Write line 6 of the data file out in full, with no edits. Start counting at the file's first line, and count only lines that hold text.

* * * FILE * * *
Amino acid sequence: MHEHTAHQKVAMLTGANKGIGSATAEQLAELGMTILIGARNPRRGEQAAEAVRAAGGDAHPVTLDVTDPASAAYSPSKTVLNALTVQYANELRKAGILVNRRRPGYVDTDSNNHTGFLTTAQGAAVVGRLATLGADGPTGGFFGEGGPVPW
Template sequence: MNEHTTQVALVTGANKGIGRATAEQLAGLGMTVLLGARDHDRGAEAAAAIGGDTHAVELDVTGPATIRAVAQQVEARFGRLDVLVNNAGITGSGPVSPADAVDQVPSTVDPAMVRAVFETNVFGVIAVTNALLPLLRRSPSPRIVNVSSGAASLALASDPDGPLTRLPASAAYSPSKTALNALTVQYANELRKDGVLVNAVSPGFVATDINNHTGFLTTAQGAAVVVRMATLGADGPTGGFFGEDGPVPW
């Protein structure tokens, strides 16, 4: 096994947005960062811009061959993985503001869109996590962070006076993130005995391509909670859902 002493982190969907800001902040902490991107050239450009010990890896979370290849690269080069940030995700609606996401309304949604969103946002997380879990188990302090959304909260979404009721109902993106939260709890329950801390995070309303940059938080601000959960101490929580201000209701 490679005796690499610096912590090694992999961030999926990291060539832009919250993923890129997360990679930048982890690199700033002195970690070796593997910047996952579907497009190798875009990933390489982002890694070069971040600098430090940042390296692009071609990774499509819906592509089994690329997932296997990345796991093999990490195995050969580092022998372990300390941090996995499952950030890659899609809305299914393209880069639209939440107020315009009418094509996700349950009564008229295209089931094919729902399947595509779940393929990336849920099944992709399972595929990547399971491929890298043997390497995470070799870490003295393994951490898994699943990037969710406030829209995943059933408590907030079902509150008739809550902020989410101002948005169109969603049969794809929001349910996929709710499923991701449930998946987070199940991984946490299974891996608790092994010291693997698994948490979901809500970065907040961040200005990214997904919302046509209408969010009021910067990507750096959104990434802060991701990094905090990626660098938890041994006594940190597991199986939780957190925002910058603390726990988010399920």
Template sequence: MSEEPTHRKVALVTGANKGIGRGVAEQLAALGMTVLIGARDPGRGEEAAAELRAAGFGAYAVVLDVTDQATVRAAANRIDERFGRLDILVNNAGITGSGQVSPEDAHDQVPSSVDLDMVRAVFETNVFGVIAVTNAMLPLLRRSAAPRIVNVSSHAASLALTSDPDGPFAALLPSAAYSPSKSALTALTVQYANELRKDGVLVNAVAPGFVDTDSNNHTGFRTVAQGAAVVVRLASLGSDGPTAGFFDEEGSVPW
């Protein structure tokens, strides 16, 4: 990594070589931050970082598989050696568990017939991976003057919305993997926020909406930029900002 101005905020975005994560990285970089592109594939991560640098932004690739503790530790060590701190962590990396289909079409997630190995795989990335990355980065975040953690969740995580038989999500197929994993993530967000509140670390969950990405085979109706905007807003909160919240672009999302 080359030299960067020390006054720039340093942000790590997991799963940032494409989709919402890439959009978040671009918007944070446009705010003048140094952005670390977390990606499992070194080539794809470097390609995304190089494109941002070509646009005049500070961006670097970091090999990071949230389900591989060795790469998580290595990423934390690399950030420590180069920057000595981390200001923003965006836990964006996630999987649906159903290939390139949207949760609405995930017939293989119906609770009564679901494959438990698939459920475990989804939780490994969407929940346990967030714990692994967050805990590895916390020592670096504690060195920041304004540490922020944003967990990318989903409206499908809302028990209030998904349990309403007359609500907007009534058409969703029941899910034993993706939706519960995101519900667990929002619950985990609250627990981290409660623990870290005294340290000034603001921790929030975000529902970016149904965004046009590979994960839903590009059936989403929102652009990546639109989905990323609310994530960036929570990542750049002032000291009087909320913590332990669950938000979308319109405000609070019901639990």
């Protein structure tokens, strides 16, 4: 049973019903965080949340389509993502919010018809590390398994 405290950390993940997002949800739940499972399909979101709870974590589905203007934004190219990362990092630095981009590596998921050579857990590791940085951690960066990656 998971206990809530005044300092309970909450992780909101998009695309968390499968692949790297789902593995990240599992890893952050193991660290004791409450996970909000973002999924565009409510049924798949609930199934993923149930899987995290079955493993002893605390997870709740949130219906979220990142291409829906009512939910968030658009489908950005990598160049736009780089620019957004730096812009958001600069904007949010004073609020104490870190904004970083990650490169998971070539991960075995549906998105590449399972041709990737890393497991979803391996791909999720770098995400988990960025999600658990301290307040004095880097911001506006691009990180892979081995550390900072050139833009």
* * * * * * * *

């Protein structure tokens, strides 16, 4: 049973019903965080949340389509993502919010018809590390398994 405290950390993940997002949800739940499972399909979101709870974590589905203007934004190219990362990092630095981009590596998921050579857990590791940085951690960066990656 998971206990809530005044300092309970909450992780909101998009695309968390499968692949790297789902593995990240599992890893952050193991660290004791409450996970909000973002999924565009409510049924798949609930199934993923149930899987995290079955493993002893605390997870709740949130219906979220990142291409829906009512939910968030658009489908950005990598160049736009780089620019957004730096812009958001600069904007949010004073609020104490870190904004970083990650490169998971070539991960075995549906998105590449399972041709990737890393497991979803391996791909999720770098995400988990960025999600658990301290307040004095880097911001506006691009990180892979081995550390900072050139833009």